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Eco History Exam 2052


Eco History Exam 2052

by Les W Kuzyk


This is a work of fiction. Names, characters, places and incidents either are the product of the author’s imagination or are used fictitiously. Any resemblance to actual persons, living or dead, events, or locales is entirely coincidental.


Published by Les W Kuzyk at Shakespir. All rights reserved.


Copyright 2016 Les W Kuzyk


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Eco History Exam 2052

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Eco History Exam 2052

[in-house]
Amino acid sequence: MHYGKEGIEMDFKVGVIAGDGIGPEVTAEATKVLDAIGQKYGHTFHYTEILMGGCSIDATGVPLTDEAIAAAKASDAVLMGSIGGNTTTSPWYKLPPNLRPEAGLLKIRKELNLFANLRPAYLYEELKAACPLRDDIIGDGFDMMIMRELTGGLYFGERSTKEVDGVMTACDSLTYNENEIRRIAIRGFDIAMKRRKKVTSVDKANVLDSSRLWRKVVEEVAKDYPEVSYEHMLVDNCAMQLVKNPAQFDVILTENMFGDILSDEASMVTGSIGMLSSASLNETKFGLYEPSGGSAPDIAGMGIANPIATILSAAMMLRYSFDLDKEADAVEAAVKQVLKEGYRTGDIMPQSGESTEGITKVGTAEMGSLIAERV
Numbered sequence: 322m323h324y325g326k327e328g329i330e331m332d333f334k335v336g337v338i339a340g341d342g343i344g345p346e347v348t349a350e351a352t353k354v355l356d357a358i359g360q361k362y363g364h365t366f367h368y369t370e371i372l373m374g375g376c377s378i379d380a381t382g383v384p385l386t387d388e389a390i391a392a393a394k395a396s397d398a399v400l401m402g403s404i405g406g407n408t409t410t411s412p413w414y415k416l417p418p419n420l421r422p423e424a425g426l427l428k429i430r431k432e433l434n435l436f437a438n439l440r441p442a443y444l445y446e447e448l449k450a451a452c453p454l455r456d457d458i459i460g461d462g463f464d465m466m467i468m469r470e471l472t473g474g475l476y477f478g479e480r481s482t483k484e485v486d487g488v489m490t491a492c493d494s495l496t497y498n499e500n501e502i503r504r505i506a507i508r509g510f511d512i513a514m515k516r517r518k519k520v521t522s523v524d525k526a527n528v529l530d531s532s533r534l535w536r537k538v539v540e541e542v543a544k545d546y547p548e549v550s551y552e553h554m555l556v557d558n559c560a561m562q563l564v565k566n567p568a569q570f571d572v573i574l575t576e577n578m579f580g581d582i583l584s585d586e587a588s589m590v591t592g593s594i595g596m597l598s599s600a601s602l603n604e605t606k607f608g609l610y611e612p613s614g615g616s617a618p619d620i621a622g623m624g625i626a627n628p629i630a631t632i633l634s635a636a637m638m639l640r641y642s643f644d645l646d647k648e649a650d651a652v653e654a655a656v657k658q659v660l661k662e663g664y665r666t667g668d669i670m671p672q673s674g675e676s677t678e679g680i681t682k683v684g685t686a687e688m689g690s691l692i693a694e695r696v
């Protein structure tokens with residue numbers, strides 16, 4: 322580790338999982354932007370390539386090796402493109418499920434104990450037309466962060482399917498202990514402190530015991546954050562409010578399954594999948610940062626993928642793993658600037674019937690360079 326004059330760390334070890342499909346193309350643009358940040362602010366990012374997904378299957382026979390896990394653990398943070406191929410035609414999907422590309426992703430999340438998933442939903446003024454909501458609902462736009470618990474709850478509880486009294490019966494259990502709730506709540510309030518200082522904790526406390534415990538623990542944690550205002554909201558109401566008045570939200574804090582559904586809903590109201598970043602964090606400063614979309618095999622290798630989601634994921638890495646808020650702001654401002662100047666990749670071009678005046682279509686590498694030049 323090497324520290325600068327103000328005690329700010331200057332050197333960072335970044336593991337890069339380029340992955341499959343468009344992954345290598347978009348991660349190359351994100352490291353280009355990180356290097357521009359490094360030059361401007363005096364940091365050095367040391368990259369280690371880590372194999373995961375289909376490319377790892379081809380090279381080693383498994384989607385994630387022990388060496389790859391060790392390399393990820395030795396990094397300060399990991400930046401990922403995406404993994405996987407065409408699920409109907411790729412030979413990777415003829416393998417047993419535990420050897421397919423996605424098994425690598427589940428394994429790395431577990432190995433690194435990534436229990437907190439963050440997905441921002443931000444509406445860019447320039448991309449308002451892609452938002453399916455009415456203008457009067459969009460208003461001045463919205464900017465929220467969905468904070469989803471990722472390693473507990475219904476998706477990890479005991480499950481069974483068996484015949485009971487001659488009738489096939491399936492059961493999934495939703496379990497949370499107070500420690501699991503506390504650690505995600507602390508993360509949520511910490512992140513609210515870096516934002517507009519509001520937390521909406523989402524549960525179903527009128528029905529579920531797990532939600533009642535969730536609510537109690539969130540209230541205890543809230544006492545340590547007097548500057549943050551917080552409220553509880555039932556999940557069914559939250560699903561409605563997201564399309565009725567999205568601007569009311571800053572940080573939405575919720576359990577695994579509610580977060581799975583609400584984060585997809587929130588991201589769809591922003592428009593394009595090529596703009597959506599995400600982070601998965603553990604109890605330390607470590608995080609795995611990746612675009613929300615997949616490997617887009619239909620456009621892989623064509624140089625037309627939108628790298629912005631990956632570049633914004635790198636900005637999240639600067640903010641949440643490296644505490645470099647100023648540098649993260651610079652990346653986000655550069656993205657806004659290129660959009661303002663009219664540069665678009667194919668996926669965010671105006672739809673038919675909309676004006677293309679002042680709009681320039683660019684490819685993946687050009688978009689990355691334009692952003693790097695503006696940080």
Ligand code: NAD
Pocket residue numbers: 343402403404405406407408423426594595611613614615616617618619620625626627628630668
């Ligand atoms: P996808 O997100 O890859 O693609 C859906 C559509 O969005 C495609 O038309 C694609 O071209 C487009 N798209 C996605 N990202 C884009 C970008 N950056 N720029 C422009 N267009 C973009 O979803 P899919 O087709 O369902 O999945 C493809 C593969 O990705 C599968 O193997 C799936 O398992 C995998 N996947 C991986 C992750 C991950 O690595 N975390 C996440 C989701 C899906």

She double checks the name of the essay final exam – Global Environmental History 302, complete with her student ID number and the date, 23 May 2052. Deciding to use voice and gesture interface for input and edit, she feels ready. She thinks OK, Shazi, just keep it organized. Think chronologically and prioritize events by importance. She knows it was a series of crises and sometimes chaotic attempts at resolution, at times accompanied by the influence of previously initiated trends and general circumstance. She watches the time on the screen switch the last minute to 11:00 hours and she takes a deep breath. The entry screen changes color and the exam voice invites her to begin.